As of 7 p.m. Tuesday evening, there were almost 3,000 heavy goods vehicles parked at Manston Airport in Kent, and up to 800 more in other areas across the county, Jenrick added.

He cautioned there could be "other HGVs and smaller vehicles are parked elsewhere in Kent because they've chosen not to come into the official operation. So the true number may be slightly higher than that. Whatever the number is, whether it's 4,000 or more, It's a significant number to work through."
2:56 a.m. ET, December 23, 2020

Nepal suspends entry for all passengers flying from or transiting through the UK

From CNN's Esha Mitra

Nepal has become the latest country to ban entry to passengers traveling from or transiting through the United Kingdom, in response to fears over a new variant of coronavirus detected in Europe.

"Aircraft bound to Nepal shall not onboard the passengers originating from or transiting through United Kingdom (UK) due to severe contagion of a new strain of Corona Virus in the UK," Nepal's Civil Aviation Authority said in a statement.

"There are no direct flights from Nepal to the UK, so we are not concerned about passengers who would be traveling from Nepal to the UK. We have banned only incoming traffic so that the virus doesn't enter Nepal," said Bikram Gautam, the authority's deputy director.

The restrictions come into force from 11:59 p.m. on December 23, and will be valid until further notice.

International flights to Nepal resumed in September, but at a reduced capacity, and tourists' entry into the country remains restricted, Gautam added.

2:28 a.m. ET, December 23, 2020

Tokyo Olympic Games opening and closing ceremonies will take a "simpler, more restrained approach"

From CNN's Yoko Wakatsuki in Tokyo

A man and a woman look at the floating Olympic rings along Tokyo Bay on December 1.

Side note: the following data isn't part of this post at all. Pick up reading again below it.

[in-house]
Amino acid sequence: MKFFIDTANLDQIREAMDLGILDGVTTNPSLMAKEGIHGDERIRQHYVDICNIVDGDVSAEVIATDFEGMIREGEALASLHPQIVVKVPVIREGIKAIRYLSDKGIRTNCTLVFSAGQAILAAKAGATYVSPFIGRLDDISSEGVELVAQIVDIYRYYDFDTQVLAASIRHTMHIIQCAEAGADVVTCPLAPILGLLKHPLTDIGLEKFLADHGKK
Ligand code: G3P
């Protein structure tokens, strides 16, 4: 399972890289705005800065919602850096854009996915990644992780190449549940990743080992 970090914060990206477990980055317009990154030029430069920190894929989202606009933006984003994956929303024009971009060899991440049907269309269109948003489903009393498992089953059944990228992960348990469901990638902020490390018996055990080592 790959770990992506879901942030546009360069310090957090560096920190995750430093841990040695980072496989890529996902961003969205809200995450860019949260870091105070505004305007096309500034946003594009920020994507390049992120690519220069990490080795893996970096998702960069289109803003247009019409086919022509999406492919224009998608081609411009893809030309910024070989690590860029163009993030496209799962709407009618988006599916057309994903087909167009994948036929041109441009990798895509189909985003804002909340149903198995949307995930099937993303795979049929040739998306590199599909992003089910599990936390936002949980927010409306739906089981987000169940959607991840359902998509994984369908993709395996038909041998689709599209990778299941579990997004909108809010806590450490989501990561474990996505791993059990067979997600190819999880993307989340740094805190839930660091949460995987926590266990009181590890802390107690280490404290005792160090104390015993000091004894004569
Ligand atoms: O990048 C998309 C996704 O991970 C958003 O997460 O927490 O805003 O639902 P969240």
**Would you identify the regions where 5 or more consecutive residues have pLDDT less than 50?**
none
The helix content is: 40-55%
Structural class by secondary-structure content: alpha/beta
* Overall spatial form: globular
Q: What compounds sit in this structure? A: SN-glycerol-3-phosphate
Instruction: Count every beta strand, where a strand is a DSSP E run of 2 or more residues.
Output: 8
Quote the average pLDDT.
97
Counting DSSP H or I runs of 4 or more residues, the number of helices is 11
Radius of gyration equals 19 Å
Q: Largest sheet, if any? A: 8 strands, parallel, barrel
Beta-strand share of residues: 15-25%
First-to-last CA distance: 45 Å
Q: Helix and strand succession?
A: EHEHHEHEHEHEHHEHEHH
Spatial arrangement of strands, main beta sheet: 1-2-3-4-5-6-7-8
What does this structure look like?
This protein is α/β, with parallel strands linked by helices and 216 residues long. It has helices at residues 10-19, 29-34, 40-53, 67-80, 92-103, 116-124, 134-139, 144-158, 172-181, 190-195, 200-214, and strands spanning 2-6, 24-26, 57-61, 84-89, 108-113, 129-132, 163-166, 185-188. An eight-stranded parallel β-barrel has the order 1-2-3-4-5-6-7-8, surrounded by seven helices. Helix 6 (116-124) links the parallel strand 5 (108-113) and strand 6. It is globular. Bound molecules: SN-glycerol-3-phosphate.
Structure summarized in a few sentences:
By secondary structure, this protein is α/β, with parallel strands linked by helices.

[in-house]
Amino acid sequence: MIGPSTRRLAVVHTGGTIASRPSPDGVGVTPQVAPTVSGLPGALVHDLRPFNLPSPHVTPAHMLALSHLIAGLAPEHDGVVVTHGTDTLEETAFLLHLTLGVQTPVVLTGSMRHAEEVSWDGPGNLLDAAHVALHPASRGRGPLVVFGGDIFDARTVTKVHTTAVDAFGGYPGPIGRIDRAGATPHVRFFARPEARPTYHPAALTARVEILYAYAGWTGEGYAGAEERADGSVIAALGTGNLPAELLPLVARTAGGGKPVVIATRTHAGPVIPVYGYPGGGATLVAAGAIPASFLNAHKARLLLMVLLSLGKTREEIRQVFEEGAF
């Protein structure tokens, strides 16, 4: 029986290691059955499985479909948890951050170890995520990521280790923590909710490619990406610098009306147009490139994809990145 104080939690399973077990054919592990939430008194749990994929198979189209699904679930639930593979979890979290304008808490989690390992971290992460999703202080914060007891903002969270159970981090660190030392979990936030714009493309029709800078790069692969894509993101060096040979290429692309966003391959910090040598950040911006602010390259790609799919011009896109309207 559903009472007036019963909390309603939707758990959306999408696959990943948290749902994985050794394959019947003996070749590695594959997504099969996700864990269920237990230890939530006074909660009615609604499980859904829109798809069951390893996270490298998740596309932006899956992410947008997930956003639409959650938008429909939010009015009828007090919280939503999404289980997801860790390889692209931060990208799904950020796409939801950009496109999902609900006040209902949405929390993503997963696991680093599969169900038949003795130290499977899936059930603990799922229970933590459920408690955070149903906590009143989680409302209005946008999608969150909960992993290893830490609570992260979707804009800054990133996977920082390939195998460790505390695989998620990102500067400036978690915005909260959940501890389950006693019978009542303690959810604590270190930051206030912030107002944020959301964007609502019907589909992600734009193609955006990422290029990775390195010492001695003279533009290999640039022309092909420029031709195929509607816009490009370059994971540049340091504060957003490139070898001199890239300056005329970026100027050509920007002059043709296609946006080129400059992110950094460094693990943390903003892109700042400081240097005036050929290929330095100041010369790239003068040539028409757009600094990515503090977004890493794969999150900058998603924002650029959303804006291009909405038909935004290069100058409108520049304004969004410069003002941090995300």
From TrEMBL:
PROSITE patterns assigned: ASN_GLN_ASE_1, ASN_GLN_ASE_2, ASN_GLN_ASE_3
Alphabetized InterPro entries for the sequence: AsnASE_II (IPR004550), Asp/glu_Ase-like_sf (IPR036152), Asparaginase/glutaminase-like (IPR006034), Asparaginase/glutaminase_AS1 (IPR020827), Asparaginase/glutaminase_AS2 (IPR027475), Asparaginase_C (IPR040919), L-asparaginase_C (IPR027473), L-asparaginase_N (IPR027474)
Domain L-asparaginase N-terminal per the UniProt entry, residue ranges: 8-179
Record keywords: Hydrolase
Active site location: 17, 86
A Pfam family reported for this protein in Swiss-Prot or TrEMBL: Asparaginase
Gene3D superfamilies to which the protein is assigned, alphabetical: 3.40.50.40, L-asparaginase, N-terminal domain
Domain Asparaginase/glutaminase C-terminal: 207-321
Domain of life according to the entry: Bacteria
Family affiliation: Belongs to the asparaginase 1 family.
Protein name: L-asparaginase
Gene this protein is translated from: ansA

A man and a woman look at the floating Olympic rings along Tokyo Bay on December 1. Eugene Hoshiko/AP

The opening and closing ceremonies for the delayed Tokyo Olympic Games will be carried out with a "simpler, more restrained approach," the organizing committee announced on Wednesday.

The ceremonies will be designed to "reflect the overall simplification of the Games" with Covid-19 countermeasures in place.

Tokyo 2020 was originally due to take place this summer, but was postponed to next year as a result of the pandemic.

The organizing committee made no announcements about how the ceremonies' formats would be different or modified.

"It is appropriate to make ceremonial events and programs simpler and have them in some way reflect and respect the world's experience of the COVID-19 pandemic," the committee said in a statement. A new team will be convened that will help prepare the events.
The hope is that the ceremonies can be "symbols of the unity and symbiosis of humankind in its overcoming of the COVID-19 pandemic," the statement said.

New cases: Japan on Wednesday reported 2,683 new coronavirus infections and 50 deaths in the past 24 hours, bringing the total death toll to 3,007.

Tokyo, the worst-hit city, reported 563 cases in the past 24 hours.

1:53 a.m. ET, December 23, 2020

Germany reports highest single-day coronavirus death toll

From CNN’s Samantha Beech in Atlanta

The word "Corona" is written in chalk on a coffin containing a deceased person who died of or with the coronavirus at the crematorium in Meissen, Germany on December 22.
The word "Corona" is written in chalk on a coffin containing a deceased person who died of or with the coronavirus at the crematorium in Meissen, Germany on December 22. Robert Michael/dpa/AP

Germany’s disease control agency reported 962 coronavirus deaths on Wednesday -- the country's highest single-day total since the pandemic began. The previous record was 952, recorded on December 15.

The European nation is currently experiencing a major surge in coronavirus infections, hospitalizations and deaths, and entered a hard national lockdown last week in an effort to bring the winter spike under control.

Other parts of the continent are also experiencing similar increases in cases amid the colder weather, and many countries have closed off travel to the United Kingdom after a new variant of the virus was detected there, which may be more infectious than previously-spreading forms.

On Wednesday, Germany reported an additional 24,740 coronavirus cases, bringing the national total to 1,554,920. At least 27,968 have died as a result of the coronavirus in Germany so far.

1:31 a.m. ET, December 23, 2020

US reports second-highest number of Covid-19 deaths in a single day 

From CNN’s Tina Burnside